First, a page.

Bank Lending and Liquidity Update
(March 11, 2011)
Dear Subscribers and Readers,
In our February 25, 2011 commentary (“Is the Shadow Banking System Recovering?”), we asserted that while CMBS and ABS originations are starting to “hum along” again, both bank lending and private equity lending still remain depressed and dysfunctional. The Fed is trying to revive bank lending and economic growth through the purchases of US government debt, but there are still no signs of a revival in bank lending. Over the intermediate to long run, such a revival is essential to a sustained uptrend in asset prices and US economic growth. Following is a monthly chart showing the state of U.S. bank lending—i.e. the year-over-year change in loans and leases by held by U.S. commercial banks for the period January 1949 to February 2011 (updated to February 23, 2011):
While the decline in bank lending in 2009 was unprecedented (unless one cites data from the Great Depression—when one-third of all US banks failed), it has steadied in the last 12 months. Note that while bank lending growth has risen back to the zero line, we are not out of the woods. In fact, the absolute amount of bank loans and leases outstanding (seasonally adjusted) has actually declined by $98.5 billion (to $6.70 trillion) from the end of September 2010 to February 23, 2011. The lack of liquidity creation within the U.S. banking system does not bode well for the short-term outlook for the stock market. In fact, we believe the current correction has should last for several more weeks.
Let's now shift to a discussion on liquidity. As I am penning this, insurance shares in the UK have declined anywhere from 1.5% to nearly 5.0% due to the 8.9-magnitude earthquake in North Japan. Depending on the extent of the damage and casualties, this could have an adverse impact on liquidity—at the very least, the Bank of Japan would need to ease liquidity further. For now, let's take a quick look at liquidity as it relates to the U.S. stock market—the amount of cash sitting on the sidelines (as measured by the ratio of the amount of money market funds plus checkable deposits divided by the S&P 500's market cap; see our July 26, 2009 commentary for more background) has declined very quickly since its peak at the end of February 2009. At the end of February 2011, it declined to cyclical bull market low, but has since perked up due to the recent stock market decline, as shown in the following chart:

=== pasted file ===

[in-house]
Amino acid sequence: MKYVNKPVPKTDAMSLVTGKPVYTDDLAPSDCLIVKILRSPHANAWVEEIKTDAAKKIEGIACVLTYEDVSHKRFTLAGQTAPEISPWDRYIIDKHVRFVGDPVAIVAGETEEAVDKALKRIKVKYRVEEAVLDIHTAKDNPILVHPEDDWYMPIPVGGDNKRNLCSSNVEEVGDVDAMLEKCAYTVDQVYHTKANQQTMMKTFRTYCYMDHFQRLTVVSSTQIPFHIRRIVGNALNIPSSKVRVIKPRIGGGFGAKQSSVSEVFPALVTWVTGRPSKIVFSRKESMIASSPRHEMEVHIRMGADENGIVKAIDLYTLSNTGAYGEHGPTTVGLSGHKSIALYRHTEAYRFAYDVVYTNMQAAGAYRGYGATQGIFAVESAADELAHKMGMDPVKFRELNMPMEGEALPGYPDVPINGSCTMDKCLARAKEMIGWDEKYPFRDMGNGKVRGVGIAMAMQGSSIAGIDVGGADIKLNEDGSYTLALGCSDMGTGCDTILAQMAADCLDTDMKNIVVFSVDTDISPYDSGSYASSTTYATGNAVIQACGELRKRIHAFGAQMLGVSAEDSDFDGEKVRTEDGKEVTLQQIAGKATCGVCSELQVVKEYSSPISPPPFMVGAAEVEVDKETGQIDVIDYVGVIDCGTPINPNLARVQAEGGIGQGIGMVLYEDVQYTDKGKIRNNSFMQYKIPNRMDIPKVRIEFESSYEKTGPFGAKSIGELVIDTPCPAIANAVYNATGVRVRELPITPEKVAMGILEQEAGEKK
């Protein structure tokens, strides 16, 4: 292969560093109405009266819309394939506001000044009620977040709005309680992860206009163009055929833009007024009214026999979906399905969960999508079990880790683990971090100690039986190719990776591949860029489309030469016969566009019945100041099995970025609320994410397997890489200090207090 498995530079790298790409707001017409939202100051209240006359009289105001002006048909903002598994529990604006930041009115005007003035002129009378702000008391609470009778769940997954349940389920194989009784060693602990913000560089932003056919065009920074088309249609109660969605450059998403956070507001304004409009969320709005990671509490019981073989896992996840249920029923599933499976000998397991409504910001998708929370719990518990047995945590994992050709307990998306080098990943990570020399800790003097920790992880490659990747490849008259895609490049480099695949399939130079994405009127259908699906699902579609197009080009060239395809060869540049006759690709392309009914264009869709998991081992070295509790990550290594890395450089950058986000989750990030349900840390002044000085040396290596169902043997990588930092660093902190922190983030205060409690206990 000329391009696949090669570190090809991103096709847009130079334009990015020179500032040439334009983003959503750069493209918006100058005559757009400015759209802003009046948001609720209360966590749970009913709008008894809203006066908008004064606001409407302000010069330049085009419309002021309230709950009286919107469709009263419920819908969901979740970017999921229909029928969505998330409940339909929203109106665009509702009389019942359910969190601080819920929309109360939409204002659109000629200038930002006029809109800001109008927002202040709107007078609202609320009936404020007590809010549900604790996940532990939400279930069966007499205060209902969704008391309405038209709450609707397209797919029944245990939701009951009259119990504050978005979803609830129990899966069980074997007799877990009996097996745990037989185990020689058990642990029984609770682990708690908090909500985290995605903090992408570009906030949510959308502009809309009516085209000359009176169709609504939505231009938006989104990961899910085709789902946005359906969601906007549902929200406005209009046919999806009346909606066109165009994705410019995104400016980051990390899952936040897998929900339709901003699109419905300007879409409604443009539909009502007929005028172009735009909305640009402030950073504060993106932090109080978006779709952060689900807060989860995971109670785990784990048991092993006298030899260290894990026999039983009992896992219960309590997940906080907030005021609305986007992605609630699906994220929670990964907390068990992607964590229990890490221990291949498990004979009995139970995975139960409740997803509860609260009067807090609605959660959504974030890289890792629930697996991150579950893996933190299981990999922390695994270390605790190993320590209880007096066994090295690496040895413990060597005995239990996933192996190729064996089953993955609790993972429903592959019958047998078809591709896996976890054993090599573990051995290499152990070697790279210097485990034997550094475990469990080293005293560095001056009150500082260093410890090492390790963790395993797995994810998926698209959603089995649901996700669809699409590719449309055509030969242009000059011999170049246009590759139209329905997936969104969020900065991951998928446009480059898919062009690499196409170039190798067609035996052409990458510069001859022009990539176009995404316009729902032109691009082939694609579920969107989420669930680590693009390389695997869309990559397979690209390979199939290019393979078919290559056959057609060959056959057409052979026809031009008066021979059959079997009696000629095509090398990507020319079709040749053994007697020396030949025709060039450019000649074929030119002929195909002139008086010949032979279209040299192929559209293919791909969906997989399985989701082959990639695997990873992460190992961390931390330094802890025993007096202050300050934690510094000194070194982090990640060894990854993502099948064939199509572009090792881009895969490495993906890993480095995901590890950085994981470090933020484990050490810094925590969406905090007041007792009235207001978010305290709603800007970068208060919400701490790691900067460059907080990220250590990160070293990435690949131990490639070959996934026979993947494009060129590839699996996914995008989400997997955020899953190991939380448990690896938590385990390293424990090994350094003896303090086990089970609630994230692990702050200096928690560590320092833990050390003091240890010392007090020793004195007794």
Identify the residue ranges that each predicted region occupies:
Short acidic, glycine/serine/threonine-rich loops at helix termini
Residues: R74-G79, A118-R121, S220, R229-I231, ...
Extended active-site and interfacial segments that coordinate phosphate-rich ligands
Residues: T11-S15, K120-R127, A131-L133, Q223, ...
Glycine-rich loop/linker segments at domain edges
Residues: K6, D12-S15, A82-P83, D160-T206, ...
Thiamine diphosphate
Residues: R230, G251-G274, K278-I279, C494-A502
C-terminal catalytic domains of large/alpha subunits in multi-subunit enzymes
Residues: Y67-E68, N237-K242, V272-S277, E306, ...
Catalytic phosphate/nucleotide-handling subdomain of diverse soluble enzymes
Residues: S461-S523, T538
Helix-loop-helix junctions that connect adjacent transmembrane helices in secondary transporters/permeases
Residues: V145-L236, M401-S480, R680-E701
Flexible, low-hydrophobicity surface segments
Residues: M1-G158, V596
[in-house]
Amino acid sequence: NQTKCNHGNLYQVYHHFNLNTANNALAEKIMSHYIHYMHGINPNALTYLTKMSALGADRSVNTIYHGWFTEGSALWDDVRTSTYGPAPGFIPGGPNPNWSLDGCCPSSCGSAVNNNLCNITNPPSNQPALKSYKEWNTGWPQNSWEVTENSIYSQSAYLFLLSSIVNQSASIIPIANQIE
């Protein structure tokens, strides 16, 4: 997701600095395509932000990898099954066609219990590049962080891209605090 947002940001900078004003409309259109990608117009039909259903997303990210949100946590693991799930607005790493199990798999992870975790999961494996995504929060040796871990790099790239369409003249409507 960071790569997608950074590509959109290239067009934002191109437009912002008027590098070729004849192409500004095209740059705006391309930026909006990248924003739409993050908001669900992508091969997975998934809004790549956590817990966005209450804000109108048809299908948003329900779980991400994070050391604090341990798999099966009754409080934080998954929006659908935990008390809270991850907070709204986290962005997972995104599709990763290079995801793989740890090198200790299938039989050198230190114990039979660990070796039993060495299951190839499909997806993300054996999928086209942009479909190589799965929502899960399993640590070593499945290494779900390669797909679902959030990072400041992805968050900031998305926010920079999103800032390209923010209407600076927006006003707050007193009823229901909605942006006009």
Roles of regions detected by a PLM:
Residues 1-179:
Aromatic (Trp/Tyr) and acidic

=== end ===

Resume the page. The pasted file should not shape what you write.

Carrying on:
Note that we have updated the numbers as of Thursday evening. As referenced in the above chart, the ratio of investable cash (retail money market funds + institutional money market funds + total checkable deposits outstanding) to the S&P 500 market capitalization has consistently declined since February 2009. The ratio temporarily bottomed at the end of April, with the ratio rising by 3.99% from the end of April to the end of August (from 32.57% to 36.56%). However, with the unstoppable stock market rally, this ratio declined to a cyclical bull market low of 28.39% at the end of February 2011(its lowest level since the end of December 2007). It has perked up over the last 10 days, however, given the stock market decline in March so far. More important, has declined too far, too fast, and is very low compared to its readings over the last three years. The low readings in this liquidity indicator suggests that the correction will continue for the foreseeable future.
The lack of strength in our liquidity indicators is also exemplified by the percentage of cash in equity mutual funds. In particular, cash as a percentage of equity mutual funds' assets (at 3.5%) as of the end of January 2011 remained near its all-time low (3.4%) set as of the end of July 2010, as shown in the following chart:
Note that the mutual fund cash levels has lingered at 3.5% in December and January—and matches the low of 3.5% in July 2007—near the peak of the last bull market. Despite the recent inflows into equity mutual funds, I would not be surprised if cash levels at equity mutual funds remain at 3.5% in February. We will continue to take a wait-and-see approach to the markets, and believe the current correction has more room to run. With long-term technicals still flashing bullish signals (and with the Fed committed to an accommodative stance), however, I anticipate shifting from a neutral position to a 50% or 100% long position in our DJIA Timing System once we've determined that the upcoming correction has nearly run its course.
Henry To, CFA, CAIA